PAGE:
On 6 September, she entered the Puget Sound Naval Shipyard for a three-month overhaul to get ready for duty under the Commander, Destroyers, Pacific Fleet. For the next two months, Tucson trained out of San Diego in preparation for a fleet exercise to be conducted near Hawaii. On 24 February 1947, the cruiser stood out of San Diego and cruised Hawaiian waters as an element of the force charged with the defense of the islands against an aggressor force moving in from the western Pacific. At the completion of the exercise, the warship put into Pearl Harbor on 11 March. However, she got underway again on 18 March to participate in the fruitless search to the northwest of Hawaii for survivors of the wrecked SS Fort Dearborn.
On 27 March, Tucson returned to San Diego and resumed normal west coast operations until late summer. She again departed the west coast on 28 July and proceeded, via Pearl Harbor, to the Far East, arriving at Yokosuka, Japan, on the 15 August. For the next two months, the warship cruised the waters of the Yellow Sea and the East China Sea making observations during the Communist-Nationalist struggle for supremacy in Manchuria and northern China. During that period, she visited Shanghai twice and Tsingtao once. Tucson returned to Yokosuka on 19 October, stayed overnight, and sailed the next day for the United States, arriving at San Diego on 6 November. The cruiser resumed west coast operations and, for the brief remainder of her active career, remained so engaged.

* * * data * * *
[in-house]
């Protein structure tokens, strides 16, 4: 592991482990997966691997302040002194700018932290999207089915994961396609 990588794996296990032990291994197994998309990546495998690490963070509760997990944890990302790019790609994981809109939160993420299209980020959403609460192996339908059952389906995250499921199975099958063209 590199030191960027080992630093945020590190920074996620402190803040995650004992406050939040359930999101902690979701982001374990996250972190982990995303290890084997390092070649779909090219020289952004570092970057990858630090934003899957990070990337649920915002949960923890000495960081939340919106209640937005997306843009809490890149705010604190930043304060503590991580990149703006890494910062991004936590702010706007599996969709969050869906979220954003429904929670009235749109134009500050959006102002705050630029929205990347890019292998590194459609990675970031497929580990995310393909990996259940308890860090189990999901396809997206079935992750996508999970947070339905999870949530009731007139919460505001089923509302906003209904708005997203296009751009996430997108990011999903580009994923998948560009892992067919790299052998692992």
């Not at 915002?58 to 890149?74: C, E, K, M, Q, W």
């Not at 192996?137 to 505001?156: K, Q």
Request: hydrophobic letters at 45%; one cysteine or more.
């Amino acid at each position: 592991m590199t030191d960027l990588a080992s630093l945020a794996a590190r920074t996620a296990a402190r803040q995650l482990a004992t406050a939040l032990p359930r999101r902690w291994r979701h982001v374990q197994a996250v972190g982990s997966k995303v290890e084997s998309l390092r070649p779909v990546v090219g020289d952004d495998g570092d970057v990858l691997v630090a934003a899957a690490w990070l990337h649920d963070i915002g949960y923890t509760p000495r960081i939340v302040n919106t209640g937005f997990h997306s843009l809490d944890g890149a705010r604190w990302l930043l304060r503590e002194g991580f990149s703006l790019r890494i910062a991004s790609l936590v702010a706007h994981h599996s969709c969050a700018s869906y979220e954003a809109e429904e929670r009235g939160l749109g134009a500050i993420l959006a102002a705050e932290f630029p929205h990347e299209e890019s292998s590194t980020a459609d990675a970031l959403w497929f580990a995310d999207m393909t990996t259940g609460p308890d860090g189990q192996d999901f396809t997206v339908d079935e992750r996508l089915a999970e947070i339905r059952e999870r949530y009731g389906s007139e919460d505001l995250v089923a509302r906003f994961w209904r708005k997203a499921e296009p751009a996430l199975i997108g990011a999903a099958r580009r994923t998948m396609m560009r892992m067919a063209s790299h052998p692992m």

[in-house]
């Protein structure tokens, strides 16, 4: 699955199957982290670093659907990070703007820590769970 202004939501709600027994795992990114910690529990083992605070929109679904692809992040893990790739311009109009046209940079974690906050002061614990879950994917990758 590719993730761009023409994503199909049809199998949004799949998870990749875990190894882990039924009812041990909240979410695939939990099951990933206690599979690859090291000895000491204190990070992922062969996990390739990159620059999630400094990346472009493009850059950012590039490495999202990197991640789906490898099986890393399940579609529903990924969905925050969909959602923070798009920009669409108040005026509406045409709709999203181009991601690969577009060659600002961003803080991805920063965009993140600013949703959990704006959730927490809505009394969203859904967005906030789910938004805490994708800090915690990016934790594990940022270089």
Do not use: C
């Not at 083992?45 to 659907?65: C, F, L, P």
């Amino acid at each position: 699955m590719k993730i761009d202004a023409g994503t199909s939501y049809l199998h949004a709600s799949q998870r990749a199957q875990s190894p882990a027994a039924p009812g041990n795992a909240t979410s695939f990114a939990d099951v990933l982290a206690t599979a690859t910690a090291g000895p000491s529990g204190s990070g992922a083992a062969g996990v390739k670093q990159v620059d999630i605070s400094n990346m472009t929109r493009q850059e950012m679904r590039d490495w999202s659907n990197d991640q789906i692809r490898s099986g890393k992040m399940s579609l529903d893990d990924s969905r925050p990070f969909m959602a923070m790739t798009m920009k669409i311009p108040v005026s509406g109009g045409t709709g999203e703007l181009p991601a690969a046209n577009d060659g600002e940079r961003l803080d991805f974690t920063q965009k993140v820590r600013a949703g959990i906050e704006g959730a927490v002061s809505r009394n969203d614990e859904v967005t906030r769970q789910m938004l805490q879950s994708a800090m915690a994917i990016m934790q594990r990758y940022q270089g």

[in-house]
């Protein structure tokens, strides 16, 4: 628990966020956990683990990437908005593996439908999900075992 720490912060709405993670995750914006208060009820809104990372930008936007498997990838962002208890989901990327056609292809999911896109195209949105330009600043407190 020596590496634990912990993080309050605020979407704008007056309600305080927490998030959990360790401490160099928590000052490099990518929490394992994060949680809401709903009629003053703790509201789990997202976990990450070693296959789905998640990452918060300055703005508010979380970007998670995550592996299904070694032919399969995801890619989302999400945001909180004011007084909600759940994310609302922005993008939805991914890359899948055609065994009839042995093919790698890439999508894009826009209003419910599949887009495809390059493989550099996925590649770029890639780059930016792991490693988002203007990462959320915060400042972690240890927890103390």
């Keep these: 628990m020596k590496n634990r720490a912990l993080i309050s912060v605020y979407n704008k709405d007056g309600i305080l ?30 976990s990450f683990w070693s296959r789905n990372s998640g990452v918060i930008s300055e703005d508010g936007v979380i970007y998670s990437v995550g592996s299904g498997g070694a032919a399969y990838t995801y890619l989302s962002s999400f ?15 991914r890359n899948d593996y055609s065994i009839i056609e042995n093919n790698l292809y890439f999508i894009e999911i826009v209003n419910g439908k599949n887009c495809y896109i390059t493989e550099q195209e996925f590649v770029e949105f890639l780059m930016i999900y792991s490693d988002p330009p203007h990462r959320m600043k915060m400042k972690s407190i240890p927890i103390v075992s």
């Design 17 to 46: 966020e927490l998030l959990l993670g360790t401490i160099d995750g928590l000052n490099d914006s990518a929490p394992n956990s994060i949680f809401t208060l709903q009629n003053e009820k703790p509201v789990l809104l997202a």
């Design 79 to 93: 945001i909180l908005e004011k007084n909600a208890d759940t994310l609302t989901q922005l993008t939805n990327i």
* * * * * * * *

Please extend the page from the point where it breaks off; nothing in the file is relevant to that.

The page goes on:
On 9 February 1949, Tucson reported to Mare Island Naval Shipyard to begin preparations for inactivation. On 11 June 1949, she was decommissioned and berthed with the San Francisco Group of the Pacific Reserve Fleet. She remained in reserve at Mare Island until 1 June 1966 when her name was struck from the Navy list. The former warship served as a test hulk until 1970. On 24 February 1971, the hulk was sold to the National Metal & Steel Corp., of Terminal Island, California, for scrapping.
The base of one of the rotating gun turrets was later surplussed to be used as the rotating mount of a giant Van de Graaf particle accelerator at the physics department of the University of Arizona in Tucson, Arizona. The beam line shot out by the accelerator was steered by rotating the entire accelerator assembly mounted on the turret base. It remained in use until the accelerator was decommissioned around 2005. The fact that a turret base of Tucson was surplussed to be used in Tucson, AZ is apparently a pure coincidence.
- Rickard, J (13 January 2015). "Atlanta Class Cruisers". Historyofwar.org. Retrieved 22 November 2015.
- "US Cruisers List: US Light/Heavy/AntiAircraft Cruisers, Part 2". Hazegray.org. 24 April 2000. Retrieved 23 October 2015.
- Terzibashitsch, Stefan (1984). Cruisers of the US Navy 1922-1962. Annapolis, Maryland: Naval Institute Press. ISBN 0-87021-974-X.
- "Tucson". Dictionary of American Naval Fighting Ships. Navy Department, Naval History & Heritage Command. 9 April 2014. Retrieved 22 November 2015.
|Wikimedia Commons has media related to USS Tucson (CL-98).|
- Photo gallery of USS Tucson at NavSource Naval History
- Papers of Harry Sanders, Commander of the USS Tucson (1946), Dwight D. Eisenhower Presidential Library